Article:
Senator Jim Alesi was the first Republican in the New York State legislature to commit to supporting the same-sex marriage bill. His fortunes have changed since the vote. At least one group, having been unable to convince sufficient senators to vote against marriage equality on the grounds of reason or religious beliefs, has decided to attack the four Republicans financially by funding opposition to their re-election campaigns. City Newspaper/Rochester NY reports:
"Alesi's future in local and state politics is uncertain. ... He has said he'll run for reelection in 2012, but the state Conservative Party as well as same-sex marriage opponents have threatened to come after the senator, politically. Several as yet unnamed conservatives have reportedly expressed interest in running against him, and leaders of the National Organization for Marriage [NOM], a religious group that opposes same sex marriage, say the organization will spend up to $2 million to defeat the four yes-voting Republican senators."
But some individuals and groups that promote human rights are offering to support Alesi:
"State and local LGBT leaders say they'll back Alesi, and Angelo says Log Cabin Republicans is prepared to provide resources to Alesi and the other Republicans who voted for the bill. Empire State Pride Agenda, Human Rights Campaign, and Marriage Equality New York have made similar pledges, which they're already making good on via events and publicity. Some wealthy donors have also pledged money. New York City Mayor Michael Bloomberg is one such donor; he's also served as a benefactor of sorts for Senate Republicans." 1
It will be interesting to see whether NOM's and the Conservative Party's fear-based campaign against equality is successful.
Forbes reports on the impact that the new marriage law will have on same-sec couples. According to the 2009 American Community Survey, there are 272,493 residents in New York City who were willing to identify themselves as homosexuals. This is the highest gay and lesbian population of any city in the U.S. The same survey reports that there are 42,600 same-sex couples. The Williams Institute/Harris Interactive Same-sex Couple Survey in 2010 reported that there are 7,200 same-sex couples in New York raising about 14,000 children. With the new law, some of them will probably marry and receive some of the same legal benefits of opposite-sex couples. They will be able to file their state tax returns jointly; lower income couples will save on taxes. Susan Sommer, director of constitutional litigation at Lambda Legal -- a pro marital equality advocacy group -- said: "There are hundreds of different protections and benefits under New York law. One is the right of a widowed spouse to be first in line to inherit their spouses’ assets, even if there is no will. However, the federal Defense of Marriage Act (DOMA) does not recognize married same-sex couples and thus denies them over 1,100 benefits, obligations and protections. 2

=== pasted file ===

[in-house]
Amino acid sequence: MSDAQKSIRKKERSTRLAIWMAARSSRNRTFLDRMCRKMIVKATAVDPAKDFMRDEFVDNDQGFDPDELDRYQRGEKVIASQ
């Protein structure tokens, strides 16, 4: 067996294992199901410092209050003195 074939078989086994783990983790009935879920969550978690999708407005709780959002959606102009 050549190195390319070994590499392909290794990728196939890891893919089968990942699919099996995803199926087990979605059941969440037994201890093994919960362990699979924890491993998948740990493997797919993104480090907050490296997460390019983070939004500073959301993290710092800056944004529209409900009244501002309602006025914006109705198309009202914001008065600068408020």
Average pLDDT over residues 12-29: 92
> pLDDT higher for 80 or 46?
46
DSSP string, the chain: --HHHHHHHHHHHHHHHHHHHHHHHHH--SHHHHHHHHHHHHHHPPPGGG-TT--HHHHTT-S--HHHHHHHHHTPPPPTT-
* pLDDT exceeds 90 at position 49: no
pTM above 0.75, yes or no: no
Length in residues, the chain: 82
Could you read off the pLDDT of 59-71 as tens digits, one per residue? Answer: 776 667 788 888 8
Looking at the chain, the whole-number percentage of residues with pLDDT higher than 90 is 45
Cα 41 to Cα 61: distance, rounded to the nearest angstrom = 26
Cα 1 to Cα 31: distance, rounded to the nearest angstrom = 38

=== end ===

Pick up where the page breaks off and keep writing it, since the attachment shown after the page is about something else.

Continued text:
Governor Andrew Cuomo said at the gay pride parade in New York City on 2011-JUL-03: "I believe New York has sent a message to this Nation loud and clear: It is time for marriage equality all across this country." 2
Allowing same-sex marriage is the third time that the definition of marriage has been fundamentally changed in the U.S. The first was after the civil war, when African Americans were allowed to marry across the country. The second was a century later in 1967 when the U.S. Supreme Court ruling allowed interracial couples to marry across the U.S. Past history with the inter-racial marriage movement would seem to indicate that a few more states in the U.S. would first have to legalize same-sex marriage before the U.S. Supreme Court might be encouraged to rule same-sex marriage legal across the country.
John Piper, 65, pastor of Bethlehem Baptist Church in Minneapolis, MN wrote a commentary on same-sex marriage. It seems to have been triggered by the events in New York State two days earlier. He wrote that homosexuality:
"... has been here since we were all broken in the fall of man. What’s new is not even the celebration of homosexual sin. Homosexual behavior has been exploited, and reveled in, and celebrated in art, for millennia. What’s new is normalization and institutionalization. This is the new calamity."
"... alongside its clearest explanation of the sin of homosexual intercourse (Romans 1:24-27) stands the indictment of the celebration of it." 3
Romans 1 condemns a group of heterosexual former Christians who went against their basic nature and engaged in same-gender sexual behavior during a religious orgy in a Pagan temple .
Some Christians interpret this passage as also condemning any opposite-gender sexual behavior by lesbians or gays which would also go against their basic nature.